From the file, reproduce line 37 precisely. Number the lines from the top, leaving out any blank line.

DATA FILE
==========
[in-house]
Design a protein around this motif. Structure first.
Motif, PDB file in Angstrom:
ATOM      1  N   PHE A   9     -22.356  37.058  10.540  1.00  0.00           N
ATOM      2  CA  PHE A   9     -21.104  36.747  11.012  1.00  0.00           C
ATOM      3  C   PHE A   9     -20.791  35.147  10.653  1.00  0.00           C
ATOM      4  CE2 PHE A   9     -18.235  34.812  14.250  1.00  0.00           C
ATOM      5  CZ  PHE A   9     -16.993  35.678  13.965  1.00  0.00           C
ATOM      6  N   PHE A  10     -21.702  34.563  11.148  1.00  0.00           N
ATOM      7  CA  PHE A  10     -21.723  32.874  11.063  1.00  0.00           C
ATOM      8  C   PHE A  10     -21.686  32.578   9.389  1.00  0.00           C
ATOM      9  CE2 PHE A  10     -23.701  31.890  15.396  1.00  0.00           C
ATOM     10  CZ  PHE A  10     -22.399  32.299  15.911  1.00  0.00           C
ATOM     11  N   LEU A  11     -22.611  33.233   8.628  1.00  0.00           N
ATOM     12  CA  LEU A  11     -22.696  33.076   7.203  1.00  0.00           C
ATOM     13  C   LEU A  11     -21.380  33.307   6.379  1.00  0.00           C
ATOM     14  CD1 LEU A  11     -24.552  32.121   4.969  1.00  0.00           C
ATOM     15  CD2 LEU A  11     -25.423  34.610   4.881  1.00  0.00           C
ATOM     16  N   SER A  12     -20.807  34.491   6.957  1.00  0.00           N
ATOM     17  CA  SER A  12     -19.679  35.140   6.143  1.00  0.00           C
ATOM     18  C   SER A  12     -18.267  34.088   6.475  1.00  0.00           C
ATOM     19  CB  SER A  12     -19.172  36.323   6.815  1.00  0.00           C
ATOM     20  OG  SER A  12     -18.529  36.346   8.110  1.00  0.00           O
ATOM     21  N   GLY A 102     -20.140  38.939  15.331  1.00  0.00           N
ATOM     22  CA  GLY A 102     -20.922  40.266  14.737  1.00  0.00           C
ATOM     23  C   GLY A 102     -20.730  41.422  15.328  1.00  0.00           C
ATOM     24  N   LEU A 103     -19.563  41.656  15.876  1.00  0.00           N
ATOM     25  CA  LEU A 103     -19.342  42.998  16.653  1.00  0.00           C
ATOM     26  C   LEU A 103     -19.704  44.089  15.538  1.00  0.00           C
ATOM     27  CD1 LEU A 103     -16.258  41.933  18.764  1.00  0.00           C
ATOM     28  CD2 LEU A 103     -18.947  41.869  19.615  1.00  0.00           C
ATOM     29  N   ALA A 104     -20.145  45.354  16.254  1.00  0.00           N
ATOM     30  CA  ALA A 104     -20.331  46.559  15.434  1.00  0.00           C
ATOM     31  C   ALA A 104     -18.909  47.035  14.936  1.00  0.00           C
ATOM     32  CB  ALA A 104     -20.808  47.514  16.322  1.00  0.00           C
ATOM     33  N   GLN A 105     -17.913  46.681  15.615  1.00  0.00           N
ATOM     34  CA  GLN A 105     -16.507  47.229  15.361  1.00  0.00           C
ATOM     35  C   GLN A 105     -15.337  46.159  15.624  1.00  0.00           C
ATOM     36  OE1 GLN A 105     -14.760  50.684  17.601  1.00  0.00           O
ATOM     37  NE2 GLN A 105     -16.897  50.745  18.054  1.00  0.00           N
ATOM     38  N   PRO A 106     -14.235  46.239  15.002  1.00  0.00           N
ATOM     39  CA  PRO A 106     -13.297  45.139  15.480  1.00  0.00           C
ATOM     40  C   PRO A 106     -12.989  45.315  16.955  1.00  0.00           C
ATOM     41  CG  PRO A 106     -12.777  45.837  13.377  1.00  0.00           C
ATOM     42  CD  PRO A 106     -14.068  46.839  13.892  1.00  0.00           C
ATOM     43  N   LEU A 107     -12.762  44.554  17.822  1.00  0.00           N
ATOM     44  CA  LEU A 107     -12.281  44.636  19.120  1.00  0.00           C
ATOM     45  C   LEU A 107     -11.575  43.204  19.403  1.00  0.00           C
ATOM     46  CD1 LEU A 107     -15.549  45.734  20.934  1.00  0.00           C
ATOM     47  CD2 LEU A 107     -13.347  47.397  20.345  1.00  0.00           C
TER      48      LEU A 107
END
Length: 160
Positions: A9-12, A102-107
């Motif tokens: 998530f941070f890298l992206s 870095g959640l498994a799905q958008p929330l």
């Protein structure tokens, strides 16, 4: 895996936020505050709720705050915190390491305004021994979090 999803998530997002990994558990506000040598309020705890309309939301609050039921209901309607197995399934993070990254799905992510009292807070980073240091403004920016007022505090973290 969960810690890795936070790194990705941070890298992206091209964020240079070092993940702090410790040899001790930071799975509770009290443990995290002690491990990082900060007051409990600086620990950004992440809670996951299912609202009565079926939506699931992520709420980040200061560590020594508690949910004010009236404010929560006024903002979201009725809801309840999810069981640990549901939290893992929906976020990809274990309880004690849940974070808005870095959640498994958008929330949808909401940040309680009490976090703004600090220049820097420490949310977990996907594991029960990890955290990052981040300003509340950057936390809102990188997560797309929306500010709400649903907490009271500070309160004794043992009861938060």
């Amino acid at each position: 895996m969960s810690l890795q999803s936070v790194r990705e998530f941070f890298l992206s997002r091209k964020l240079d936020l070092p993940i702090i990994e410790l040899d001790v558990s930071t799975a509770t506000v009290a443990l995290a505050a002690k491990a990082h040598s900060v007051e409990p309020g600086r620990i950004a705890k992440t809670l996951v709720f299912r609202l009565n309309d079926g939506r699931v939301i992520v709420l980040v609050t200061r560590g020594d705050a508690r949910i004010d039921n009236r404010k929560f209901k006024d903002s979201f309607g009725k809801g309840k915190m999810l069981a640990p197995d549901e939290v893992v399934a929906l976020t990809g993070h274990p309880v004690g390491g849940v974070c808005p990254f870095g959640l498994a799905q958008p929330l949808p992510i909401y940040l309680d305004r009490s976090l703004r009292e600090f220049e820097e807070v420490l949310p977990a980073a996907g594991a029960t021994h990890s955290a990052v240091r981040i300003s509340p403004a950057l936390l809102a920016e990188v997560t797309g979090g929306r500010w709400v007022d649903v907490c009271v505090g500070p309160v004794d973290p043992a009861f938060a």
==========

ATOM     34  CA  GLN A 105     -16.507  47.229  15.361  1.00  0.00           C